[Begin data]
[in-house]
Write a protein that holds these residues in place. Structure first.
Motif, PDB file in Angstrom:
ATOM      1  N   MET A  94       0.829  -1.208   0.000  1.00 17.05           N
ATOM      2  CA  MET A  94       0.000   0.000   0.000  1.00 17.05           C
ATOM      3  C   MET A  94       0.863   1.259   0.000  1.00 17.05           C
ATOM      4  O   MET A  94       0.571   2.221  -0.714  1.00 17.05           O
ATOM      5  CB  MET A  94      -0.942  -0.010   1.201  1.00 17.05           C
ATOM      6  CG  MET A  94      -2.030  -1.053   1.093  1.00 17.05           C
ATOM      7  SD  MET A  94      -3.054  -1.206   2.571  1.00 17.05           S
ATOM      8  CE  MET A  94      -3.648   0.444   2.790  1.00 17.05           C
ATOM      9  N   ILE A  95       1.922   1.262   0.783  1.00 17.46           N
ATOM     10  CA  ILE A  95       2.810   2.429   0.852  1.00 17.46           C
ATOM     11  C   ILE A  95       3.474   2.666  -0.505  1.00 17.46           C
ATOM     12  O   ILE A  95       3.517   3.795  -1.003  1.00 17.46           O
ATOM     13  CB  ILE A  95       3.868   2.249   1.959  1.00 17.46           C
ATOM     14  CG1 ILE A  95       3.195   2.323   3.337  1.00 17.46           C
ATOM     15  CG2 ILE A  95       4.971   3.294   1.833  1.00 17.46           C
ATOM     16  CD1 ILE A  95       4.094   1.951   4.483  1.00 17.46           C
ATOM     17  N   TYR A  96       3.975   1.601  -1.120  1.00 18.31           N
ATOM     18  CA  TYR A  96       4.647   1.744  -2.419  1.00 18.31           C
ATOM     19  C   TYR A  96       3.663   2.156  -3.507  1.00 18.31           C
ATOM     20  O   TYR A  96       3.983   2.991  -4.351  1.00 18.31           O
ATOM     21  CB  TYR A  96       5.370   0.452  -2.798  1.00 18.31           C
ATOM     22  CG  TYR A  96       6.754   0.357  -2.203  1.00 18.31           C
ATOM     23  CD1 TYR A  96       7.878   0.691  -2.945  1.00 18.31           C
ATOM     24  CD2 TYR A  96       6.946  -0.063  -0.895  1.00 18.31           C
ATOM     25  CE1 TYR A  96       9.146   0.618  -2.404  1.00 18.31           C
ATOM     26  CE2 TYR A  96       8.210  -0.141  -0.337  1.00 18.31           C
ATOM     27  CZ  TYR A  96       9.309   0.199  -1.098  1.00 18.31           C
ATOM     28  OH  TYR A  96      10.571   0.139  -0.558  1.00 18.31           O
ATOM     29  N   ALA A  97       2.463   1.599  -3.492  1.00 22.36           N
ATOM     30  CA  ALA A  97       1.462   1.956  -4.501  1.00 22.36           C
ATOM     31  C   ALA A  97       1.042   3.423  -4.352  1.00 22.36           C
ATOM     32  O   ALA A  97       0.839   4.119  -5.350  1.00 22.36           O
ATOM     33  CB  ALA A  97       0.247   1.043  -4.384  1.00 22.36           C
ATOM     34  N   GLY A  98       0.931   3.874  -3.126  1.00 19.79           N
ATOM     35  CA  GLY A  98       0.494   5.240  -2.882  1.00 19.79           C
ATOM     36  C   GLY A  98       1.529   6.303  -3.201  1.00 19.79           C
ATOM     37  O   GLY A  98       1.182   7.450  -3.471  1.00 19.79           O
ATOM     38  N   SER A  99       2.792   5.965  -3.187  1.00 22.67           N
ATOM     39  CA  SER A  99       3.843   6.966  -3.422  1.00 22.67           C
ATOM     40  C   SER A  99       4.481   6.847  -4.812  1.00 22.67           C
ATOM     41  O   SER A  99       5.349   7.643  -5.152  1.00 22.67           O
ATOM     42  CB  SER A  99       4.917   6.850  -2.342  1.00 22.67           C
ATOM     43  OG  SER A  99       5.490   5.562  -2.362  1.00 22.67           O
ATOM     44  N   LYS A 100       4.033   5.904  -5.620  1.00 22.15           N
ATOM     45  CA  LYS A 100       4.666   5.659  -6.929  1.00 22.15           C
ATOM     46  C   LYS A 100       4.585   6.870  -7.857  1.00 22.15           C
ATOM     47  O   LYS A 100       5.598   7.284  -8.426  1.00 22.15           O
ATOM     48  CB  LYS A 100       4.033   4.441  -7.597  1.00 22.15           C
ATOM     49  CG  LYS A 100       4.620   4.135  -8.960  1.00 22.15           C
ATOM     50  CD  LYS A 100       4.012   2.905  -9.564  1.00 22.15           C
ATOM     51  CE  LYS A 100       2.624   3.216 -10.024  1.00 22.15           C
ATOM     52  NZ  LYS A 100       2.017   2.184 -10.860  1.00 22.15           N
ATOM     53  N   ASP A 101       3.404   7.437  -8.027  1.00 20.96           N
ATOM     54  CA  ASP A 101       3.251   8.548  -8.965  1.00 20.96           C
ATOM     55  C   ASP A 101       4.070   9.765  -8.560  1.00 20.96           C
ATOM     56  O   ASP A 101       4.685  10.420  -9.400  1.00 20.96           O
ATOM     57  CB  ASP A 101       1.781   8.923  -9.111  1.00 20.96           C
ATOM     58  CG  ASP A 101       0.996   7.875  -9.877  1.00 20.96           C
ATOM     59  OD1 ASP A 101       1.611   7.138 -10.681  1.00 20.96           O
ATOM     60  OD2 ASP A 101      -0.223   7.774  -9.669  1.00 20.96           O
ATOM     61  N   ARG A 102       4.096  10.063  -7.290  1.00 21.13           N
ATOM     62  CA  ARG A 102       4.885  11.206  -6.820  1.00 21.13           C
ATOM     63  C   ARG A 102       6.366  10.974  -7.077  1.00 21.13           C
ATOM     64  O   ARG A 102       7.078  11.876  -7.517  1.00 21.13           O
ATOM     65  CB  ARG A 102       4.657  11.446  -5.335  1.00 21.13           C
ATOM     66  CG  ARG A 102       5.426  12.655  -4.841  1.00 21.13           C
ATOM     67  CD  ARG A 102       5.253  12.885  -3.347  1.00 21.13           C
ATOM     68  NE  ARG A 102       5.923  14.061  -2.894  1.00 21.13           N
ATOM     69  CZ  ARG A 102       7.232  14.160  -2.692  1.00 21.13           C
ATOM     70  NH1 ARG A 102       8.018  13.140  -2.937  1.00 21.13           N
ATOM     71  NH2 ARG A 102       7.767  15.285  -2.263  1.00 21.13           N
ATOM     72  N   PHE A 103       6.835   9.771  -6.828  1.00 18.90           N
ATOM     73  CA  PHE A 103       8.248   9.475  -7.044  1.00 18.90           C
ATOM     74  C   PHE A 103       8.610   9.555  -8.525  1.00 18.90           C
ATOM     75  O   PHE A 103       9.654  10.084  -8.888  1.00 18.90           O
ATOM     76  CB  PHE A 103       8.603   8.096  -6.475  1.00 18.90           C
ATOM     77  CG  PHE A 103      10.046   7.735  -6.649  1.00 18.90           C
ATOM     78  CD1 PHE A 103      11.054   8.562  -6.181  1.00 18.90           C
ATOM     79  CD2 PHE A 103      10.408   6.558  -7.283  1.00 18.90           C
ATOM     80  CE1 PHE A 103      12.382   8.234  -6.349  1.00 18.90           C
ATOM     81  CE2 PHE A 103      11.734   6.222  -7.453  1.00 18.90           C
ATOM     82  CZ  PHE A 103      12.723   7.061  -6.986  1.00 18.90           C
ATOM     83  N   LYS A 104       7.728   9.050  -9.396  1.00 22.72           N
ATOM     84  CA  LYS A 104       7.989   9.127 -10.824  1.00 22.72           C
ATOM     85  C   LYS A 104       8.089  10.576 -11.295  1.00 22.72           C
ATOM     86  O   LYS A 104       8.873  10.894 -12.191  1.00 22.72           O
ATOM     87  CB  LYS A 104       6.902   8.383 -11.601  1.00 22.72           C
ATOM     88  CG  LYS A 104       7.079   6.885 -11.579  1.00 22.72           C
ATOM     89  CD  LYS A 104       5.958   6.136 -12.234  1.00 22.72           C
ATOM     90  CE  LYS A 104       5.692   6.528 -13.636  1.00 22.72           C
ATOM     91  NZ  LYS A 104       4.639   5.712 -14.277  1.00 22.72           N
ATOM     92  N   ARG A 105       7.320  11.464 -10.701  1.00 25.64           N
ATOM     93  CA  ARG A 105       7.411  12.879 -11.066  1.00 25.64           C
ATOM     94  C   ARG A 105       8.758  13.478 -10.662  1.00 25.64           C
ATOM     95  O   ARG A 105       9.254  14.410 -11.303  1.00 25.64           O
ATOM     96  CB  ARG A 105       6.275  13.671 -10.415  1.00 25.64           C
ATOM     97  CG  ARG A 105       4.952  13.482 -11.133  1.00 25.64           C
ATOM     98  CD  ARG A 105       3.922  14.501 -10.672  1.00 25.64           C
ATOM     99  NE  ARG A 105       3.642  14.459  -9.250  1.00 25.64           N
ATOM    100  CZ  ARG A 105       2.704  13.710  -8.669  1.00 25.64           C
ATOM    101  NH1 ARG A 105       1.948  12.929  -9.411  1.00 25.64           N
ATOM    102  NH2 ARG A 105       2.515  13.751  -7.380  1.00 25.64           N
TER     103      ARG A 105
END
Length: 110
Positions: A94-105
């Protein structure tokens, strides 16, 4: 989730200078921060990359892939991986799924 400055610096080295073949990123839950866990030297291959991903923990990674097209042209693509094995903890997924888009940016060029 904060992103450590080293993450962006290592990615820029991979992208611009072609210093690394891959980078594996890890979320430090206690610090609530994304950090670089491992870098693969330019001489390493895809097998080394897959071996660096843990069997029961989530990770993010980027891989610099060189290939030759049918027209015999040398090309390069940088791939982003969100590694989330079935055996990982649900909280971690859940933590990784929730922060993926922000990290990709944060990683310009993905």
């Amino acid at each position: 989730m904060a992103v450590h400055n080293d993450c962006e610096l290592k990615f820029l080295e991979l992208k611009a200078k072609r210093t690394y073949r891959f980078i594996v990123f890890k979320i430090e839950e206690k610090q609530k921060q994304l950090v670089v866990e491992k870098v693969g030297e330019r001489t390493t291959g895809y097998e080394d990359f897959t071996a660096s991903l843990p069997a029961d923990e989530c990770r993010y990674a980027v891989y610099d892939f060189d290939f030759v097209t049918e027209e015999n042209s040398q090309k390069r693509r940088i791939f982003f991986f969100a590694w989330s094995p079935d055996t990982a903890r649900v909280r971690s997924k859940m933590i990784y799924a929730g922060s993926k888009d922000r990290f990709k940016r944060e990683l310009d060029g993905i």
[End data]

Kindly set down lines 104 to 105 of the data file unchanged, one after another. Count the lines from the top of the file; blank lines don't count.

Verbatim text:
ATOM    101  NH1 ARG A 105       1.948  12.929  -9.411  1.00 25.64           N
ATOM    102  NH2 ARG A 105       2.515  13.751  -7.380  1.00 25.64           N